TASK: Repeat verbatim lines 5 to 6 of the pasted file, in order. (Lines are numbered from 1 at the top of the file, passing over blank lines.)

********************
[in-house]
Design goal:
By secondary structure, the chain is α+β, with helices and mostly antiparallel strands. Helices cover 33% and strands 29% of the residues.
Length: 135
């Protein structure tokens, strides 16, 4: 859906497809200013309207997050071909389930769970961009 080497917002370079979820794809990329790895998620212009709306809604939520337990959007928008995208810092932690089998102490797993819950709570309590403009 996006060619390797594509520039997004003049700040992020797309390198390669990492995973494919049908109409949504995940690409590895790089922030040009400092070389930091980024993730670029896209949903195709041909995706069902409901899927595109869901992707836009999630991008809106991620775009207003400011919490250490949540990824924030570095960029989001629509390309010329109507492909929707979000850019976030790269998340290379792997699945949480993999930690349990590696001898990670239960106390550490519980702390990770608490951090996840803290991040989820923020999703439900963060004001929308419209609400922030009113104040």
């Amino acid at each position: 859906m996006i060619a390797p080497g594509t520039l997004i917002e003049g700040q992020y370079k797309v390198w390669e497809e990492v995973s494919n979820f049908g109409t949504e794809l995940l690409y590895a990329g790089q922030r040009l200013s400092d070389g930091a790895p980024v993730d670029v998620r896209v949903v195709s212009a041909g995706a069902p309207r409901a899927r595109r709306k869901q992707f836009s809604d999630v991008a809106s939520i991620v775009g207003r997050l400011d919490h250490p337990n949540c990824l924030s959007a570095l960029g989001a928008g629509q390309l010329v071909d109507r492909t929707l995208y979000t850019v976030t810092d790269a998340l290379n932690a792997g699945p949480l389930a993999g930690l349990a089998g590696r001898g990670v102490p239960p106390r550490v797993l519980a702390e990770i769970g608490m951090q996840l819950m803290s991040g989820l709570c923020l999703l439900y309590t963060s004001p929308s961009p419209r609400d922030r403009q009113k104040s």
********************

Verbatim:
């Protein structure tokens, strides 16, 4: 859906497809200013309207997050071909389930769970961009 080497917002370079979820794809990329790895998620212009709306809604939520337990959007928008995208810092932690089998102490797993819950709570309590403009 996006060619390797594509520039997004003049700040992020797309390198390669990492995973494919049908109409949504995940690409590895790089922030040009400092070389930091980024993730670029896209949903195709041909995706069902409901899927595109869901992707836009999630991008809106991620775009207003400011919490250490949540990824924030570095960029989001629509390309010329109507492909929707979000850019976030790269998340290379792997699945949480993999930690349990590696001898990670239960106390550490519980702390990770608490951090996840803290991040989820923020999703439900963060004001929308419209609400922030009113104040």
């Amino acid at each position: 859906m996006i060619a390797p080497g594509t520039l997004i917002e003049g700040q992020y370079k797309v390198w390669e497809e990492v995973s494919n979820f049908g109409t949504e794809l995940l690409y590895a990329g790089q922030r040009l200013s400092d070389g930091a790895p980024v993730d670029v998620r896209v949903v195709s212009a041909g995706a069902p309207r409901a899927r595109r709306k869901q992707f836009s809604d999630v991008a809106s939520i991620v775009g207003r997050l400011d919490h250490p337990n949540c990824l924030s959007a570095l960029g989001a928008g629509q390309l010329v071909d109507r492909t929707l995208y979000t850019v976030t810092d790269a998340l290379n932690a792997g699945p949480l389930a993999g930690l349990a089998g590696r001898g990670v102490p239960p106390r550490v797993l519980a702390e990770i769970g608490m951090q996840l819950m803290s991040g989820l709570c923020l999703l439900y309590t963060s004001p929308s961009p419209r609400d922030r403009q009113k104040s």